Frequency and Outcomes of Cervical Spine Computed Tomography Imaging on Alcohol-Intoxicated Patients in the Emergency Department

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Journal of Emergency Medicine


Background: Cervical spinal (c-spine) injuries range greatly in severity from minor ligamentous injuries to osteoligamentous instability with spinal cord injuries. Initial evaluation begins with stabilization as needed and immediate immobilization. Current practice as to whether the c-spine can be cleared clinically without radiographic evaluation is often guided by using the National Emergency X-Radiography Utilization Study Low-Risk Criteria and the Canadian C-Spine Rule. Under these clinical decision guidelines, stable trauma patients presenting with alcohol intoxication cannot have the c-spine cleared clinically and imaging should be "considered."

Objective: This study aimed to assess the frequency of computed tomography (CT) c-spine scans ordered for patients presenting with alcohol intoxication to the emergency department (ED), the timing of the studies, and subsequently determine the proportion of which showed a clinically significant result that required intervention.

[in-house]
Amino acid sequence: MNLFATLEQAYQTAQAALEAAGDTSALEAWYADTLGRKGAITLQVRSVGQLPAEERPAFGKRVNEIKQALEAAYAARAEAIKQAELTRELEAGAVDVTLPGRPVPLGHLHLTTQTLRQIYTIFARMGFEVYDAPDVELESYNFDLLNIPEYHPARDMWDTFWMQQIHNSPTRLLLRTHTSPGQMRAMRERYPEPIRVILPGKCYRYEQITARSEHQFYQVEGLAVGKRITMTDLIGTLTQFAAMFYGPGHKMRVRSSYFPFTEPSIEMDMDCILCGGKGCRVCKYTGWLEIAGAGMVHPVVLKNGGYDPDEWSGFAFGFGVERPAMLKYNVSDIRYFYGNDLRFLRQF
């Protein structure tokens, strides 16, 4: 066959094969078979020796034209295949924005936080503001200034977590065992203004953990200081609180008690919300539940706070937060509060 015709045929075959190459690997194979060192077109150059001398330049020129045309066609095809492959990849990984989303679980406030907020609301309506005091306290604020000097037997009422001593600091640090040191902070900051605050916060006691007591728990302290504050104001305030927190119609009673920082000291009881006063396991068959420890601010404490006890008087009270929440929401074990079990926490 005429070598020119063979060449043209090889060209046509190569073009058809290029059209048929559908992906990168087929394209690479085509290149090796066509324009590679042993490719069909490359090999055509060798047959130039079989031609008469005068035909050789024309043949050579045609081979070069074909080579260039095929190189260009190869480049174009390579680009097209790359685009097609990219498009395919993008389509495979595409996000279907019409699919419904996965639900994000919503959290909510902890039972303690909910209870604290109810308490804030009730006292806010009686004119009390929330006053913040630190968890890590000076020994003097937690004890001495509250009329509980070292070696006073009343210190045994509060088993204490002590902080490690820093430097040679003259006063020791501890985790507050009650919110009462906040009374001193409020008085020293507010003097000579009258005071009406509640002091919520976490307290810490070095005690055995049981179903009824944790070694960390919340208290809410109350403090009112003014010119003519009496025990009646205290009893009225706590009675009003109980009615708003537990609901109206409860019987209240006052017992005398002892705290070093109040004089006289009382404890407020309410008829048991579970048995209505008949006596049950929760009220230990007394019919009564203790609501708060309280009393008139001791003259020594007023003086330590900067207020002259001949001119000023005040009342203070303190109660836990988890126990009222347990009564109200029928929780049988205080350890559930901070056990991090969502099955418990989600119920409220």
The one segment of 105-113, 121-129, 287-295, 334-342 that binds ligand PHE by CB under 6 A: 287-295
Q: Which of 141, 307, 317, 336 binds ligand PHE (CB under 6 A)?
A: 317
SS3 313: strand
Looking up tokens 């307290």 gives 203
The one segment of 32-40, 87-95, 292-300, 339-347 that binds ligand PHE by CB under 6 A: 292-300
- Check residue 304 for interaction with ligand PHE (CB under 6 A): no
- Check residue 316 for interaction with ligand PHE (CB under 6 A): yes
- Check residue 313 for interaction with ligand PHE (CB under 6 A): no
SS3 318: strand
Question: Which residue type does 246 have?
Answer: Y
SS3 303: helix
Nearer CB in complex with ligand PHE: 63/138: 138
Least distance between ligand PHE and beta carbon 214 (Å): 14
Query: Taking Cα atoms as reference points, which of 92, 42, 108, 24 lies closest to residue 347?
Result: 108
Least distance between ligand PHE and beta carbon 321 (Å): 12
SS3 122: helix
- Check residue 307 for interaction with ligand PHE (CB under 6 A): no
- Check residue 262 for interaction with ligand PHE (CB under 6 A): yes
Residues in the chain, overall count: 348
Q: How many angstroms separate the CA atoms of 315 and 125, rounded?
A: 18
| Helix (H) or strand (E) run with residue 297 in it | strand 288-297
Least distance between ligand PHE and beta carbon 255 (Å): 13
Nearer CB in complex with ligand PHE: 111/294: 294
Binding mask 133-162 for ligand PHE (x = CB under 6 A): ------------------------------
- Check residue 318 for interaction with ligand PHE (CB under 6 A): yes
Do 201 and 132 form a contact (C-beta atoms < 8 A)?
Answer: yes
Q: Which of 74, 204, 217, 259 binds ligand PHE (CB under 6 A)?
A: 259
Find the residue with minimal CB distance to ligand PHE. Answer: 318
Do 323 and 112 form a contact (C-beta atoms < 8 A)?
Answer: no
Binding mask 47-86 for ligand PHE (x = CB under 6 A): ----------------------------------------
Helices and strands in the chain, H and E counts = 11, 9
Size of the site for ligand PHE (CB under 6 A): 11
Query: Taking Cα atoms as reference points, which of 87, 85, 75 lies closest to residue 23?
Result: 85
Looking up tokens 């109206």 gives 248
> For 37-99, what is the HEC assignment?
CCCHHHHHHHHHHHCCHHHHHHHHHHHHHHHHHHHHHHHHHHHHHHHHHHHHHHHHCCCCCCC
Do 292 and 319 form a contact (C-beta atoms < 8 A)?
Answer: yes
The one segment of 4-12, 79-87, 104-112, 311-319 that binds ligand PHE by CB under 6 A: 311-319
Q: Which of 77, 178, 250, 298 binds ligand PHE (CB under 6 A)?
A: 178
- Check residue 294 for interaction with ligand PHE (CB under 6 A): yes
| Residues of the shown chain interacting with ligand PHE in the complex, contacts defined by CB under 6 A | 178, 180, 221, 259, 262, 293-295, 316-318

Methods: In this retrospective medical record review, all clinically alcohol-intoxicated patients presenting to two academic EDs were included. Overall demographic characteristics, time to order of CT imaging, radiology reads, and outcomes of patient visits were determined.

Results: There were 8008 patient visits included in the study. Of these visits, 5 patients scanned in ≤3 h had acute findings on CT scan and no patients with a deferred timing of CT scan after patients metabolized had an acute finding on CT scan. No patients required operative management.

Conclusions: This study's results suggest that it is a safe clinical practice to defer CT imaging for patients presenting to the ED with alcohol intoxication and low suspicion for c-spine injury per history and examination.



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Canadian C-Spine Rule, NEXUS criteria, alcohol intoxication, c-spine, cervical spine